Once you’ve gotten a list of potential advisors, take one more step before setting up appointments to meet: Find out whether each has ever been disciplined for any unlawful or unethical behavior.
When you have your initial interview, here are the questions you want to ask:
How do you charge for your services, and how much?
If you didn’t see this information on the planner’s web site, ask whether there’s an initial planning fee, whether they charge a percentage for assets under management, or whether they make money from selling you a specific product. Not only should you know how much the service will cost you, but it can help you determine whether they have an incentive to sell you things.
What licenses, credentials or other certifications do you have?
Of the four main types of financial advisors, the certified financial planner (CFP) designation is harder to achieve than Chartered Financial Consultant (ChFC), because the former requires a comprehensive board exam; the latter, however, uses the same core curriculum. If you want someone to manage your money, then look for a registered investment advisor (RIA). If you have a high income or a small business owner, you’ll probably want a certified public account (CPA), who can offer you advance tax planning. The personal financial specialist (PSF) certification is usually obtained by CPAs who want to demonstrate they can help clients with comprehensive financial planning.
What services do you/does your firm provide?
Implicit in this question is also what assistance the advisor will not give you. “Some people are just investment advisors and only provide you advice on your investments,” Other people do comprehensive financial planning around retirement, insurance, estate planning, and tax planning.” Go with someone whose offerings suit your needs.,
What types of clients do you specialize in?
Some financial advisors have a niche, says Bera, and if you have a specific interest, such as charitable giving or socially responsible investments or if you’re a newlywed or recently divorced — you’ll want to find one that concentrates in that area too.
Could I see a sample financial plan?
There is no one set structure for a financial plan, which means there is wide variation. “Some people might give you 50 pages of stuff you don’t understand like charts and graphs, and another planner might provide a five-page snapshot of your financial situation.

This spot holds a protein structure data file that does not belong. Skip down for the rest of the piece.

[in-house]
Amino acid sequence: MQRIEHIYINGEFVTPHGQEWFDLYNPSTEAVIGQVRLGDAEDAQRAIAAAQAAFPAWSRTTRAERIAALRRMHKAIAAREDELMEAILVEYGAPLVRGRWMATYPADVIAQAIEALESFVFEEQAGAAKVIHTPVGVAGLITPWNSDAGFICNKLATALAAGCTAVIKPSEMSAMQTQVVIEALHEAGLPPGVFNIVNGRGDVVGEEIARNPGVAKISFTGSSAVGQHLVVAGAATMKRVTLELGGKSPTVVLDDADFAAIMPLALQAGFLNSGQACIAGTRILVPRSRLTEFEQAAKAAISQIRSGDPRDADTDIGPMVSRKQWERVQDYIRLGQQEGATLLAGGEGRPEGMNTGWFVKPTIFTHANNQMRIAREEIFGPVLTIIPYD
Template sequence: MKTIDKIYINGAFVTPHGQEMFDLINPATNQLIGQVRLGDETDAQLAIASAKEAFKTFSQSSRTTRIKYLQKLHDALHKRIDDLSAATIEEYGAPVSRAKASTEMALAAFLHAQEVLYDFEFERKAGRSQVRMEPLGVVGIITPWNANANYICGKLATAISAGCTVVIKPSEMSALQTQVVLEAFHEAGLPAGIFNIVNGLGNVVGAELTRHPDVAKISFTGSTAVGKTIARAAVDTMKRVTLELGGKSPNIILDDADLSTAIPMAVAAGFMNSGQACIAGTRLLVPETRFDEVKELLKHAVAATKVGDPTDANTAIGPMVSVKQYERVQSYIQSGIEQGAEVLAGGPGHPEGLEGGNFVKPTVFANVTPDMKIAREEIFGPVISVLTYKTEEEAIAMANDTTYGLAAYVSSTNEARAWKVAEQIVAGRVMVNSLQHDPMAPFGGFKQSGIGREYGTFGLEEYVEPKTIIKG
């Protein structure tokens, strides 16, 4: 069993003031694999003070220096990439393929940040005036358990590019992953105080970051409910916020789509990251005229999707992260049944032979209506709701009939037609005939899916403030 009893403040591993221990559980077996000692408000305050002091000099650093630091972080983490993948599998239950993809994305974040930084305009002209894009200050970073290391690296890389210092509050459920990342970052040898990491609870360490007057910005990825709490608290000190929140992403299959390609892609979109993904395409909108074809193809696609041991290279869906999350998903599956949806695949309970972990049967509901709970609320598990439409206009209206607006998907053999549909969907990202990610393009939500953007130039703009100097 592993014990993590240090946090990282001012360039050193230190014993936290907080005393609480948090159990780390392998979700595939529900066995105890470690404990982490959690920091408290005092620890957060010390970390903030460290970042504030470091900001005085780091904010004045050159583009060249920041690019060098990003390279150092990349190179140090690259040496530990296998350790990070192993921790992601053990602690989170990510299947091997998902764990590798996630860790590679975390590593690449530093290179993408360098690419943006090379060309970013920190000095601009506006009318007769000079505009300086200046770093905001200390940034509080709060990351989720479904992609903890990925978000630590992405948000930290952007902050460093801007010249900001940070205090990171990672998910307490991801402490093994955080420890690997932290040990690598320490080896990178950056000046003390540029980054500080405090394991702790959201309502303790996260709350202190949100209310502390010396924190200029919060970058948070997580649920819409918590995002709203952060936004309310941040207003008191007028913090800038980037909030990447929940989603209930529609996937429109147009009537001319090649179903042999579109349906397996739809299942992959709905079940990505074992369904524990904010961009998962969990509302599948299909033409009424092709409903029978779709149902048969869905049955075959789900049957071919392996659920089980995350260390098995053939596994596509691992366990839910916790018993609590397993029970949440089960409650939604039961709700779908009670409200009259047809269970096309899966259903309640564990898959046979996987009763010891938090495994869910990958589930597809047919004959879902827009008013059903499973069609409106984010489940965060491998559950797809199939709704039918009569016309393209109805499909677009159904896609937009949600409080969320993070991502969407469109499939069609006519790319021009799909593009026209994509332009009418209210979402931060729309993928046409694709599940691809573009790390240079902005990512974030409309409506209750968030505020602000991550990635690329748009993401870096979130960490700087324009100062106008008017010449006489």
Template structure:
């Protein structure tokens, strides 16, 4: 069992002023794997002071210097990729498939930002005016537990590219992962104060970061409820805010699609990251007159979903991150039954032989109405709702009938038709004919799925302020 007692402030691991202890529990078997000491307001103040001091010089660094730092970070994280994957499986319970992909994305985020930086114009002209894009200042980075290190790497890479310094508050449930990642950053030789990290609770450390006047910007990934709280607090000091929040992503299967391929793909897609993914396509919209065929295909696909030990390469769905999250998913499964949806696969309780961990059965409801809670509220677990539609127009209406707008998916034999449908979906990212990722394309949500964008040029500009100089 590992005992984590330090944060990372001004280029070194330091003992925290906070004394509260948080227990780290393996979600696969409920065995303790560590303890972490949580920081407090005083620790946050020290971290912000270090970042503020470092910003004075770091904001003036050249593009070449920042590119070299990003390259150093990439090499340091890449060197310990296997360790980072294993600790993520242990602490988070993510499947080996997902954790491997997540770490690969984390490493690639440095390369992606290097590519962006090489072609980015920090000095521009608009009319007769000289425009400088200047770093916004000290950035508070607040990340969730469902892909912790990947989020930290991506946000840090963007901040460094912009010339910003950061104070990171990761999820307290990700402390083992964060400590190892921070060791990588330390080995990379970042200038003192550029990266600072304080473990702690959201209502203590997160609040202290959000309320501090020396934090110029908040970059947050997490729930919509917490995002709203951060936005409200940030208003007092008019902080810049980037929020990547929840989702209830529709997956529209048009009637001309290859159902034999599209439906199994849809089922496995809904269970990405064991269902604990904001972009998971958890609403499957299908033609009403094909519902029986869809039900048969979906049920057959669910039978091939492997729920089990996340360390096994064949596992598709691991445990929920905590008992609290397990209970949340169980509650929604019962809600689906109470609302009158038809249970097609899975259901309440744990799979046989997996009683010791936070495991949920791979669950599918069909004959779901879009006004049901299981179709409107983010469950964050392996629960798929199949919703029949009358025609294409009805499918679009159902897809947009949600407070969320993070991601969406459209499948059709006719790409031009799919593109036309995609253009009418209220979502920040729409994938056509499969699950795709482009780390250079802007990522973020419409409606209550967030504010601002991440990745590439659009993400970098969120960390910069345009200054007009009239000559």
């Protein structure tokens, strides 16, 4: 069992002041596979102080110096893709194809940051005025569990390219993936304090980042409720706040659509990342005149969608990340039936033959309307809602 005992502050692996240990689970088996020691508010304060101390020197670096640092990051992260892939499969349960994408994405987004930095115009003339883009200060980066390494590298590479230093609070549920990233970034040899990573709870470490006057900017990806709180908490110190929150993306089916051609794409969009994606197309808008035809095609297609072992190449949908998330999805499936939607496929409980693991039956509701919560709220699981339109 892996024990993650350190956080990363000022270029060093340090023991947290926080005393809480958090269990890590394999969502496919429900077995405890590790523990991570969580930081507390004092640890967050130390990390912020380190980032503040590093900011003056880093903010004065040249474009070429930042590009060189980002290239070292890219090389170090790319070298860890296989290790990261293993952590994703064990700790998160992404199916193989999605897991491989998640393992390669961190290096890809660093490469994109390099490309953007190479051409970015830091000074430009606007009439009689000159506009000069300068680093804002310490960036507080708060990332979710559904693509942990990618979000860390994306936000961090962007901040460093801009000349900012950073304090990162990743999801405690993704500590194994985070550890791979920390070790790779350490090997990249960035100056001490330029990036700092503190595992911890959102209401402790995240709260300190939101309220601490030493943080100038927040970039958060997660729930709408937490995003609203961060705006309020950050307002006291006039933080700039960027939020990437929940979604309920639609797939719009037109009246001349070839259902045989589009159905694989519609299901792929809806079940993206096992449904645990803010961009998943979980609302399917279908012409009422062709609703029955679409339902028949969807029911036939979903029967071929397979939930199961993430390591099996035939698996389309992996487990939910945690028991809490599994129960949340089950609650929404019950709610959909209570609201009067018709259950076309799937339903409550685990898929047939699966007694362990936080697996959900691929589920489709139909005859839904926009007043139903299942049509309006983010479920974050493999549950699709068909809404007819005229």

What is your investment approach?
If you have a strong preference for a particular philosophy, ask the advisor what his or hers is. For instance, if you prefer to use low-cost funds, you can ask whether they plan to used actively managed funds or passive investments.
How much contact do you have with your clients?
“Some planners hold an initial planning meeting and then you see them once a year, and that’s all you get,” says Bera. Others might have quarterly check-ins. “Some clients just want to go over everything once a year and then they’re good. Others are looking for more support, so it depends on the amount you want to pay, and how involved you want your planner to be.
Will I be working only with you or with a team?
This question will also help you see how often you’ll be in touch with your advisor. Some companies have a team approach rather than an individual approach.
What makes your client experience unique?
This will also give you insight into whether their strengths are the ones you seek in a planner. This pitch would appeal to some clients, but not ones who, for instance, are out to maximize returns in the market.
Did he or she ask me questions and seem to be interested in me?
“Does he or she talk 90% of the time? If it’s more like 60/40 and he has asked you how he or she can help you, that’s really important. Financial planning about looking at the person’s individual circumstance instead of punching in some numbers — it’s based on the client’s goals, financial background, what they believe about money, and so on.